A few weeks before Drop.io sold to Facebook, founder Sam Lessin met with New York Tech Meetup’s Nate Westheimer.
“We are always going to build subpar products because neither of us can code,” the two discussed.
Lessin explained: Idea people who can’t code have to relay their vision to others, and part of the vision inevitably gets lost in translation.
Lessin said non-technical founders like he and Westheimer fail slowly.
Westheimer, who had been considering founding a new startup and already had an investor on board, took a step back.
He had assumed learning to code in his late 20’s was impossible. “Maybe in another life I would have been a good developer,” he used to think.
Speaking with Lessin made him change his mind. He called off the investor and told him he wasn’t going to pursue the startup. Instead, Westheimer took to books and started to learn back-end development. He was fuelled by a product he wanted to build — an online meeting management system called OHours.
Two years later, Westheimer is working on another startup, Picturelife. Instead of being the product manager like he used to be, Westheimer is the back-end developer. He’s working on Picturelife with OMGPOP founder Charles Forman and Threadless co-founder Jacob Dehart.
Forman told him, “I’m glad you learned to code, otherwise we wouldn’t have been able to work together.” Forman and Dehart are both technical guys with a lot of ideas and designing talent, Westheimer explained. They didn’t need another idea guy, they needed a developer who could pull weight.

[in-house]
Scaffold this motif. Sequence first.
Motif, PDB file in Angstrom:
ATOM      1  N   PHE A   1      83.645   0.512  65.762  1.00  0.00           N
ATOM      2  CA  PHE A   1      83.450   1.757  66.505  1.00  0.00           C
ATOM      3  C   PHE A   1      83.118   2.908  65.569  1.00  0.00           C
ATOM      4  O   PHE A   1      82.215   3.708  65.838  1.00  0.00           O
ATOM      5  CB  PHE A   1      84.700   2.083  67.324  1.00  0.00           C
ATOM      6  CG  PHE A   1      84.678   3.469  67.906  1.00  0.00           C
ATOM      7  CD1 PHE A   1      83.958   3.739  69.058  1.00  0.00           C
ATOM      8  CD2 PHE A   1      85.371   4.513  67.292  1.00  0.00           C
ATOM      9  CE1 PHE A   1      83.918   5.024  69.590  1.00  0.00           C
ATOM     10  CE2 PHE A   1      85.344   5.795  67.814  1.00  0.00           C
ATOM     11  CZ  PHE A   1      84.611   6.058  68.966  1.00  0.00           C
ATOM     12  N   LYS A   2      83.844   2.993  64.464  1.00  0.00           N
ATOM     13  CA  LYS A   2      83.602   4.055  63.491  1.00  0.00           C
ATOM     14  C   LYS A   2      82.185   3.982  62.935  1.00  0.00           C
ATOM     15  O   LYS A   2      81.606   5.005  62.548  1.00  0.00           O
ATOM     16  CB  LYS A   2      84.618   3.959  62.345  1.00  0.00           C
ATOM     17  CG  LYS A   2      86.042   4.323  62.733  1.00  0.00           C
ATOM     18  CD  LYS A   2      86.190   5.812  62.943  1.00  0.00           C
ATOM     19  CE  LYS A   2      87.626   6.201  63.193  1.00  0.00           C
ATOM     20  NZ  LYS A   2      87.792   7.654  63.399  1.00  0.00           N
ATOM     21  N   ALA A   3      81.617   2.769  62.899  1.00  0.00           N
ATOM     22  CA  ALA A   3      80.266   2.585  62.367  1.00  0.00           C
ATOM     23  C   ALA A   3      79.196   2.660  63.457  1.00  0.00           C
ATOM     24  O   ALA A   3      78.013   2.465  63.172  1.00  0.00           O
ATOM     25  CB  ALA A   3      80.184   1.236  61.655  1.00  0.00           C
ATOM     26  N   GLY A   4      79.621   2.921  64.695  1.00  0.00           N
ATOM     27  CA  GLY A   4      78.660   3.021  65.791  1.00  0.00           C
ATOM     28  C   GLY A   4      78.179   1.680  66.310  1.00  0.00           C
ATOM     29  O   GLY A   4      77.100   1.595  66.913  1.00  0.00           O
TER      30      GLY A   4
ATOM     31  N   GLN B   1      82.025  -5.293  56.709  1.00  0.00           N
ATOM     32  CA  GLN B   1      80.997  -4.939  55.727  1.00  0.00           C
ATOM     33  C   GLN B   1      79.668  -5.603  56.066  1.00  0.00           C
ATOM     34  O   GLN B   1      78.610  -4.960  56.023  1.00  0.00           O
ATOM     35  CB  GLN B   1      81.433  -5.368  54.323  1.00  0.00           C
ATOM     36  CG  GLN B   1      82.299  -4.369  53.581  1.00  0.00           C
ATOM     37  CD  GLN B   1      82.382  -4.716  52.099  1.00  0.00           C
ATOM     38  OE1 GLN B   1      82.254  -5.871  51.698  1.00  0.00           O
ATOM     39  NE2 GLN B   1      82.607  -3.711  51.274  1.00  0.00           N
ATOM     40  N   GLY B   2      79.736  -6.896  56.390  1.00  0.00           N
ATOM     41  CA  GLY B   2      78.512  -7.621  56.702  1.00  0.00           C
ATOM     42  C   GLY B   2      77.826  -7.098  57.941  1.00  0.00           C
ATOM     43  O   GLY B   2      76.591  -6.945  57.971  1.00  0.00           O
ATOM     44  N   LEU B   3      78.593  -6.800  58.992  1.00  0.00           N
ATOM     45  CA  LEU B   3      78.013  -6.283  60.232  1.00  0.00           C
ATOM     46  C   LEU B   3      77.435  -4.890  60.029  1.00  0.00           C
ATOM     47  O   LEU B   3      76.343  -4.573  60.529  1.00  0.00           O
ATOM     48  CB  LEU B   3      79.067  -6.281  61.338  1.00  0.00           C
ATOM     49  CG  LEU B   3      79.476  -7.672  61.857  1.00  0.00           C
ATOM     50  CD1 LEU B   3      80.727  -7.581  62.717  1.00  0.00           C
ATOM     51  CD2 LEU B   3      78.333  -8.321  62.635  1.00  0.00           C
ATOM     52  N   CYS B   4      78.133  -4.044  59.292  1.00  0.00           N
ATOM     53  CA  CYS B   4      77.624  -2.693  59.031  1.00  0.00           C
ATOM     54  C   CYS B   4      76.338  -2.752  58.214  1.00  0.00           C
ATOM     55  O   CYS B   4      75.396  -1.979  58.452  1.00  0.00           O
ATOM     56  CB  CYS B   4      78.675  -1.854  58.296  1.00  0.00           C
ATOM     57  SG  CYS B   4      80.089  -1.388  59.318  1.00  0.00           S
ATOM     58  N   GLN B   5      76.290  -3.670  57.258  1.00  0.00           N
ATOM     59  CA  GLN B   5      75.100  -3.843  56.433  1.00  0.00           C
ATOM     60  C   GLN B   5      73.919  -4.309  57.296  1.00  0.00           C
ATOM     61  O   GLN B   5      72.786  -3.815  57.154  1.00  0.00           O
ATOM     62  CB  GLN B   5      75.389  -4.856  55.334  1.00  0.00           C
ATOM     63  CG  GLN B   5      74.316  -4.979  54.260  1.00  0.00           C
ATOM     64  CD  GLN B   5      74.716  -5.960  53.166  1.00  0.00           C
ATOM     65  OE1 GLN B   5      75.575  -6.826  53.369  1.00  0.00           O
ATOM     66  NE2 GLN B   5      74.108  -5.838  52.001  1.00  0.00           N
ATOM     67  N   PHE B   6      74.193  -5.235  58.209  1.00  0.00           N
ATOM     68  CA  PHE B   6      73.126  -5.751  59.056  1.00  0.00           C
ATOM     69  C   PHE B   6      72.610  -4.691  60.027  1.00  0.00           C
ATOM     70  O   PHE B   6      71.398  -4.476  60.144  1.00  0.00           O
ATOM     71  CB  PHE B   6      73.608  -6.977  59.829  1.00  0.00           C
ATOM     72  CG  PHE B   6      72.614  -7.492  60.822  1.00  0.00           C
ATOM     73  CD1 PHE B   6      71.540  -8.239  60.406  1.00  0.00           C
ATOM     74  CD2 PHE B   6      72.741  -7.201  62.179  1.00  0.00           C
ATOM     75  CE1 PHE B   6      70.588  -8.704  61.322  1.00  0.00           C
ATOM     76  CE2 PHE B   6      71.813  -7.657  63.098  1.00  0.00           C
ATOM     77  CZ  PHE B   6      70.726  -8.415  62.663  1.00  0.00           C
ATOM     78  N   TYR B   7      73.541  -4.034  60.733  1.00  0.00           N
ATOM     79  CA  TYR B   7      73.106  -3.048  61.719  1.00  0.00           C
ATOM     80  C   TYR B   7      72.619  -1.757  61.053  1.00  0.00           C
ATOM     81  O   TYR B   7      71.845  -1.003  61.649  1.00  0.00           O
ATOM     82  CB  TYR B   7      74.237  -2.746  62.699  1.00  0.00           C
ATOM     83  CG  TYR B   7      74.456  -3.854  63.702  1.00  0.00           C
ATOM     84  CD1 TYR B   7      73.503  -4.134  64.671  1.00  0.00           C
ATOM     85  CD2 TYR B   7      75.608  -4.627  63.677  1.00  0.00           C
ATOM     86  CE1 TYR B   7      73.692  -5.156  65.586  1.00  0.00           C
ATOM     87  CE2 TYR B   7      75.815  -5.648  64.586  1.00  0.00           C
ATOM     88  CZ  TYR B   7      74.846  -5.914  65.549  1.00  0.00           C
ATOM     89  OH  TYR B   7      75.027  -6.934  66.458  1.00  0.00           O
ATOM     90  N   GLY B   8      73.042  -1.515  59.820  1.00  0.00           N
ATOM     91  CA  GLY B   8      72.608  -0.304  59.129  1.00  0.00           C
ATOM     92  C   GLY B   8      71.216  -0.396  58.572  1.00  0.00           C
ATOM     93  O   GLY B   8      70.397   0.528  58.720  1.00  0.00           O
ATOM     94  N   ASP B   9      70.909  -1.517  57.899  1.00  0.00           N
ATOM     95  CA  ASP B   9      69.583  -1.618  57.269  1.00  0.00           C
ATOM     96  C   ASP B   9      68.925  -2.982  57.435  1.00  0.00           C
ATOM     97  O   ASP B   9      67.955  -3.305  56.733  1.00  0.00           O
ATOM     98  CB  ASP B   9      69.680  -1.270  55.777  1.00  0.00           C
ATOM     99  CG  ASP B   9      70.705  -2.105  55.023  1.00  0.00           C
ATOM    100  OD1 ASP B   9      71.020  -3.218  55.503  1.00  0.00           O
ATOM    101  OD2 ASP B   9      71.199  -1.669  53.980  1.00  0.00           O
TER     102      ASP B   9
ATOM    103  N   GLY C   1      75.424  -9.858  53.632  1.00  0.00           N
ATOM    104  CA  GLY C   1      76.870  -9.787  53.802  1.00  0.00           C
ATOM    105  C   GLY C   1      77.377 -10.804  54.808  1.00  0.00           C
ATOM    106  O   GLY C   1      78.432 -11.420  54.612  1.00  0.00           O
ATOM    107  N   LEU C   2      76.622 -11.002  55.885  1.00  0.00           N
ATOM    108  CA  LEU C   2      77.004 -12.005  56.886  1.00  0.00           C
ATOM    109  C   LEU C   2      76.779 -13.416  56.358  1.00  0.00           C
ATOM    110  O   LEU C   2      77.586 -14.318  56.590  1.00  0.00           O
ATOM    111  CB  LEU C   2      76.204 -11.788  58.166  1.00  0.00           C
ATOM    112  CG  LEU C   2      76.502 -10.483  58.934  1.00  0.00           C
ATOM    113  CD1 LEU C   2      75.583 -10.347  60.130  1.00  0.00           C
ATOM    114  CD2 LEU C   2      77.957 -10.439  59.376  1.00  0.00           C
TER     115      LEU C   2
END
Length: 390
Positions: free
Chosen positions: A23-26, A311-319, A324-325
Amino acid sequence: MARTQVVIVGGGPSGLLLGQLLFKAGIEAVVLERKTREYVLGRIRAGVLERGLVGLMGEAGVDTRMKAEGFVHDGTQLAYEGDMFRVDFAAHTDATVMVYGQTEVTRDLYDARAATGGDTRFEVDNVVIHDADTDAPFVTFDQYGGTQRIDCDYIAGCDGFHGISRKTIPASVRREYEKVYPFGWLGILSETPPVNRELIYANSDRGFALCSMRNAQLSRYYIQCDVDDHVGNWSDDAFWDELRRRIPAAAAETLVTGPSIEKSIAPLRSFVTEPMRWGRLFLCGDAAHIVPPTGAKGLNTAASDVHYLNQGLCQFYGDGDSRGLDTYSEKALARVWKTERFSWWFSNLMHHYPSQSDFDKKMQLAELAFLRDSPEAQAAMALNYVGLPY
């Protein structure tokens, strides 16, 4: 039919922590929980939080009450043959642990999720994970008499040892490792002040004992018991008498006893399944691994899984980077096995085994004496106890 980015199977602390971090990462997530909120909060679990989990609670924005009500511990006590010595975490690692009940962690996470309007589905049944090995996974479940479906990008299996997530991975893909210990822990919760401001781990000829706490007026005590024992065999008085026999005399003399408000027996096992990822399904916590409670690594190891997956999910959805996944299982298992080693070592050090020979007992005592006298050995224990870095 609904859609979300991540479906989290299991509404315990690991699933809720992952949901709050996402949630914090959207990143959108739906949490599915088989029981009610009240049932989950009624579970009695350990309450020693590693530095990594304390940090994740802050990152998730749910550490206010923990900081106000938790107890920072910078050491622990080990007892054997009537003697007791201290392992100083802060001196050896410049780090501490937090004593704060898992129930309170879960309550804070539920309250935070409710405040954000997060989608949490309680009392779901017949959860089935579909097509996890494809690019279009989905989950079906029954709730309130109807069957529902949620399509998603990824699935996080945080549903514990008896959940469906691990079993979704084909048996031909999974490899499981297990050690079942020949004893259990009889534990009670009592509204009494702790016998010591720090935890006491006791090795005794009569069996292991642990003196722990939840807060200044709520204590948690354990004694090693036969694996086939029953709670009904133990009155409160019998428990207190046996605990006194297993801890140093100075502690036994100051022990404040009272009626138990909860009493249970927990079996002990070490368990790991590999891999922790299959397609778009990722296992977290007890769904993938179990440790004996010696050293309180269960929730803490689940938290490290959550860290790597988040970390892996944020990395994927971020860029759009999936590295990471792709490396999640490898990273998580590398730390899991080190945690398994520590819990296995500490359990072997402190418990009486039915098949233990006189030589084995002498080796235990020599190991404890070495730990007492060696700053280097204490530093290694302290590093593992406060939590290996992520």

Now, even if Picturelife becomes a big company, Westheimer wants to stay a developer. “If you had asked me one year ago, I would have said I’d go back to product management, but this is my thing now,” he says. “I love being able to push things live immediately instead of filing a ticket for a release four weeks out.” He’s able to instantly help customers with product ideas they have, which he finds rewarding.
Westheimer offers some advice for non-technical founders:
- If you think you don’t need to learn to code, think again. Westheimer receives a lot of requests from non-technical founders looking for developers. To them he responds, “I run a 22,000-person group full of technical people so I’m pretty well connected. I couldn’t even find a technical person right now. And if I can’t find a technical person, neither can you. You need to learn to code.”
- If you don’t learn to code, accept that you won’t be as successful. Westheimer was driven to learn to code by the notion that he’d be a failure as an entrepreneur without that skill. Failure for him wasn’t an option.
- Have an idea in mind when you start learning to code. If he hadn’t had known he wanted to build OHours, Westheimer thinks he’d have quit learning to code. Ideas are motivating.
- Don’t focus on coding “the right way.” Westheimer says the first time he showed Forman OHours code, Forman laughed. “It was so poorly written, but you know what? It worked. And that’s all that matters,” says Westheimer. Like anything else, the code you write will inevitably improve with time and practice. Things Westheimer developed six months ago embarrass him now, but it’s all part of the learning process.